Corporate Law issues

While not central to the appeal, the majority also discussed some corporate law issues that will be of interest to corporations operating in Canada, particularly those in Québec.

Can a share transfer be retroactively cancelled?

The CBCA sets out the two ways in which an issuance of shares can be cancelled: (1) if the corporation’s articles are amended or (2) if the corporation reaches an agreement to purchase the shares, which requires a directors’ resolution, the shareholder’s express consent and that the tests of solvency and liquidity be met. The majority stated that it is not possible to retroactively cancel an issuance of shares by way of simple oral consent. [11]

What were the consequences of failing to observe the formalities prescribed by the CBCA?

Intramodal’s failure to comply with the s. 76(1)(a) of the CBCA that a registered security be endorsed when presented for transfer did not in and of itself invalidate any transfer between the shareholders, as Mennillo ceased to be a shareholder in Intramodal as a result of his transfer of shares to Rosati rather than as a result of an improper registration.

The majority took the view that the failure to comply with the endorsement requirement under s. 76(1)(a) of the CBCA resulted in the failure of the share transfer (pursuant to ss. 60(1) and 65(3) of the CBCA) and a nullity of the transfer, pursuant to articles 1414 and 1416 of the C.C.Q.. The majority observed that this could have resulted in an attack on the transfer on the basis of non-compliance with this formality, had Mennillo sought judicial intervention within three years of becoming aware of the cause of nullity, as prescribed by articles 2925 and 2927 of the C.C.Q..[12]

Could the shares have been issued conditionally?

The dissenting judge at the Court of Appeal understood the trial judge’s reasons as holding that the issuance of the shares to Mennillo had been conditional on his remaining as a guarantor to the corporation. The dissenting judge stated that such conditional status is not set out in the CBCA, and even if it were, such status would have to be specified in the corporation’s books. While disagreeing with the dissenting judge’s reading of the trial decision, Justice Cromwell substantially agreed with the dissenting appellate judge’s position regarding conditional share issuances, and explained that conditions attaching to shares need to be specified in the articles of the corporation and in the securities register.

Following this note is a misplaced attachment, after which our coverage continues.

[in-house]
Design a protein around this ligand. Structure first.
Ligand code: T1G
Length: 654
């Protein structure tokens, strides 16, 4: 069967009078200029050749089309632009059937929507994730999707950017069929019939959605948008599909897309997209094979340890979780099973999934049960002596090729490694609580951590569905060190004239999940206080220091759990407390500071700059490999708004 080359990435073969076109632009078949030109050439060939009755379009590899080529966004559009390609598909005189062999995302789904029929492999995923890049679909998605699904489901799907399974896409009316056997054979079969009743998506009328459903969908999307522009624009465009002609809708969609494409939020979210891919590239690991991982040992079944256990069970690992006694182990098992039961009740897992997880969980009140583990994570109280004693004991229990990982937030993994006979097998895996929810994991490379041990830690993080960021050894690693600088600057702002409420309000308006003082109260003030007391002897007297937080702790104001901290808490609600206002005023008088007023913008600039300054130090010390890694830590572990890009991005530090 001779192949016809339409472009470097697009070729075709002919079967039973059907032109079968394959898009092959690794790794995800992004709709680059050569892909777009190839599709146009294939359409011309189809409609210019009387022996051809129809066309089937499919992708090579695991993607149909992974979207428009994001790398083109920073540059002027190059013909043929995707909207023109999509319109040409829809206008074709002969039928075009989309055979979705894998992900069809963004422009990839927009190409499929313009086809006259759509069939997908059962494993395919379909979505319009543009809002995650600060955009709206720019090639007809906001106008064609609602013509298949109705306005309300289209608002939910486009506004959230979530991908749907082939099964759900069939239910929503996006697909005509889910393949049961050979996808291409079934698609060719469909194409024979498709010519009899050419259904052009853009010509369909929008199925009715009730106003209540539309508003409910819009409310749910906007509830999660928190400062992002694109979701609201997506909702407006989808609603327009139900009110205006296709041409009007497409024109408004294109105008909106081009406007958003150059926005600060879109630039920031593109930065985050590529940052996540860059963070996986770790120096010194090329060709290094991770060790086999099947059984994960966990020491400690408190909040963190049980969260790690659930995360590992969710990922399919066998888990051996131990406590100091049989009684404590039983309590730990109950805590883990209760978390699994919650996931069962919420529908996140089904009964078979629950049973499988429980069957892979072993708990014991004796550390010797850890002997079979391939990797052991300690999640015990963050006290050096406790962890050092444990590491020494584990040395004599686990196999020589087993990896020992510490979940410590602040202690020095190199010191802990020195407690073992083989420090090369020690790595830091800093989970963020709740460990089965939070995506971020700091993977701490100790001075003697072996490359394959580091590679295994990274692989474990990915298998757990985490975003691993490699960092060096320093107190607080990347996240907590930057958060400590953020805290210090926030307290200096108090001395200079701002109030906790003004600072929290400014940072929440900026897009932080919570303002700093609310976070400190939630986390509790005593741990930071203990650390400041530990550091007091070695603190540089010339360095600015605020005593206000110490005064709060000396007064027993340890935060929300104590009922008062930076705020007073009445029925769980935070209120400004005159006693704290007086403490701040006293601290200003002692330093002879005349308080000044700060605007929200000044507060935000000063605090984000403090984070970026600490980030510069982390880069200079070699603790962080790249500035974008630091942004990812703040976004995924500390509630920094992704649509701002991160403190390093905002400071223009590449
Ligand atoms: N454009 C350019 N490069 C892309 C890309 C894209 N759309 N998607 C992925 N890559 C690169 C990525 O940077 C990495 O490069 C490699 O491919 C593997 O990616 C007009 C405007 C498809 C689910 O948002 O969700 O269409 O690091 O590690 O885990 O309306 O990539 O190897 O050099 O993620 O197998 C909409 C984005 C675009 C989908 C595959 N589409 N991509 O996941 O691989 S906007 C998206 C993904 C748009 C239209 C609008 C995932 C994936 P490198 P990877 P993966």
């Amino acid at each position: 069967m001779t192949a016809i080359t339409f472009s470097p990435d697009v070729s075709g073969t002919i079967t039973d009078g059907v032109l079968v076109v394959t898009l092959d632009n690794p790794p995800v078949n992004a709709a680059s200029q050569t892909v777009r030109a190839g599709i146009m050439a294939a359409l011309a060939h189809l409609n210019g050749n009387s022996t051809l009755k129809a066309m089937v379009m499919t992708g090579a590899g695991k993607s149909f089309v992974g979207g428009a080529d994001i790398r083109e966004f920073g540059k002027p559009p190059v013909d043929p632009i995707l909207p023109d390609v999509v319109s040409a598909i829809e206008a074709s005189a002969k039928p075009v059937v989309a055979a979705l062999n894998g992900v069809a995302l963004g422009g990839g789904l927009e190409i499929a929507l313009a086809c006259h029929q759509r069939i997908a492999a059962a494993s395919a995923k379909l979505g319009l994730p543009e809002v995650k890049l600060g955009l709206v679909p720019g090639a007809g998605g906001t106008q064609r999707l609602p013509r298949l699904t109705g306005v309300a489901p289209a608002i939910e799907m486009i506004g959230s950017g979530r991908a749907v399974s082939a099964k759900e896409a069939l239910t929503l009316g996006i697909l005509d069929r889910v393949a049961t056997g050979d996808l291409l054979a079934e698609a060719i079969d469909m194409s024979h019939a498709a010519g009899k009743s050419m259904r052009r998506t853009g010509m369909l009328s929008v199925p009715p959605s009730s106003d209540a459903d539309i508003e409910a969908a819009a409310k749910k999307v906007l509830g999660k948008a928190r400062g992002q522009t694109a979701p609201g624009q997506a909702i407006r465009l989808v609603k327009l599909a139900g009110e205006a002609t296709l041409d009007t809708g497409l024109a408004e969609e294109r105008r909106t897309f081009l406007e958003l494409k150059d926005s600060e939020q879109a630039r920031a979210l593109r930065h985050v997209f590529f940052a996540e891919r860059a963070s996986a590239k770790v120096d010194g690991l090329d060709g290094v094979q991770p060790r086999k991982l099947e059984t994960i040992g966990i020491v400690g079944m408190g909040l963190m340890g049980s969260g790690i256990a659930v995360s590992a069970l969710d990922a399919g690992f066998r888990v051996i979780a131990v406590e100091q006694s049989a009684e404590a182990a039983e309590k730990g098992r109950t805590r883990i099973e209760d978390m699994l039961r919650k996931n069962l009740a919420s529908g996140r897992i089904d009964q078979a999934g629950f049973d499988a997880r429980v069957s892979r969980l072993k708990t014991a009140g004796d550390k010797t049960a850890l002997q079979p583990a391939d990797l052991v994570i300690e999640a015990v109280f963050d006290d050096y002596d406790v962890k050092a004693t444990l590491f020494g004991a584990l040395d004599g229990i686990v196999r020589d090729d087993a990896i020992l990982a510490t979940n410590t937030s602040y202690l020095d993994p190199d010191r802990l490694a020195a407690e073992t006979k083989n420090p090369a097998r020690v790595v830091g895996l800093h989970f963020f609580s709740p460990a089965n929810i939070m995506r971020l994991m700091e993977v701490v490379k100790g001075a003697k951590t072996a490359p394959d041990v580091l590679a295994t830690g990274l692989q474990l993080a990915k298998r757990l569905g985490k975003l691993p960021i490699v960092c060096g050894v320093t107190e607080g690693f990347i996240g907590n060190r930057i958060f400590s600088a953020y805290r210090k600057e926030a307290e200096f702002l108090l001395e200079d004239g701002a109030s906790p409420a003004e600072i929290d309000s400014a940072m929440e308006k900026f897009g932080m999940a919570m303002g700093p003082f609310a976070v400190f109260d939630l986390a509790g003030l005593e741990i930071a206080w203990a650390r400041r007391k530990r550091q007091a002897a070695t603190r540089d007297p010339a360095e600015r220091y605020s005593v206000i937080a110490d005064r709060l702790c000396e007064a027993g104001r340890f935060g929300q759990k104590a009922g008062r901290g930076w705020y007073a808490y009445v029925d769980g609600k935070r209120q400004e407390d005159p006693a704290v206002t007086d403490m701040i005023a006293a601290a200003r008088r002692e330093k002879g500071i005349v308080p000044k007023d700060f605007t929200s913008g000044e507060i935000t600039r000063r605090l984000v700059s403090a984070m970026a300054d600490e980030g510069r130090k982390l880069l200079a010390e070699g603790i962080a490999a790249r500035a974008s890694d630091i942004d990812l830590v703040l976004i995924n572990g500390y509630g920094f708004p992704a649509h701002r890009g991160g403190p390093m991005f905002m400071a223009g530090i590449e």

Dissenting reasons

In her dissent, Justice Côté harkened back to the deep roots of corporate law in Canada to and based her lengthy reasons on: (1) the distinct nature of the corporate personality, and (2) the rule of preservation of capital. Using these principles, Justice Côté explained that corporations are required to operate in accordance with the applicable statutes (in this case, the C.C.Q. and the CBCA) in a manner that does not weaken the strict formal requirements of corporate law, nor confuse the business corporation with the partnership. In Justice Côté’s view, had the parties intended their business relationship to be governed by informal dealings, they should have formed a partnership at the outset of their relationship. Once incorporated, Intramodal was required to strictly comply with the formal requirements of the C.C.Q. and CBCA, rather than confuse its interests with its majority shareholder and take a “distrubingly lax” approach to its legal duties.

Function over form? Don’t forget good form

This decision will be of particular interest to closely held corporations and fast-growth companies that emphasis function over formality. While this decision may appear to be a win for business function over legal formality, the majority’s clear warning that a corporation needs to adhere to statutory requirements, coupled with Justice Côté’s strong dissent, serves as reminder to businesses to ensure legislative compliance. By the same token, this decision offers an important reminder for large corporations and activist shareholders: failure to adhere to statutory obligations may give rise to statutory claims in addition to, or in lieu of, an oppression claim.

Case Information:

Citation: Mennillo v. Intramodal Inc., 2016 SCC 51

Docket: 36124

Date: November 18, 2016


[1] Canada Business Corporations Act (R.S.C. 1985, c. C-44).

[2] 2008 SCC 69 [BCE].

[3] BCE at para. 58.

[4] Para. 10.

[5] Paras. 21 - 22.

[6] Paras. 55 – 58.

[7] Para. 86.

[8] BCE, at para. 70.

[9] BCE, at para. 68; s. 241(2) CBCA.

[10] Para. 11.

[11] Para. 63.

[12] Paras. 71 – 74.

business realities CBCA contractual fairness fairness narrow legalities oppression oppression remedy privilege shareholders Supreme Court of Canada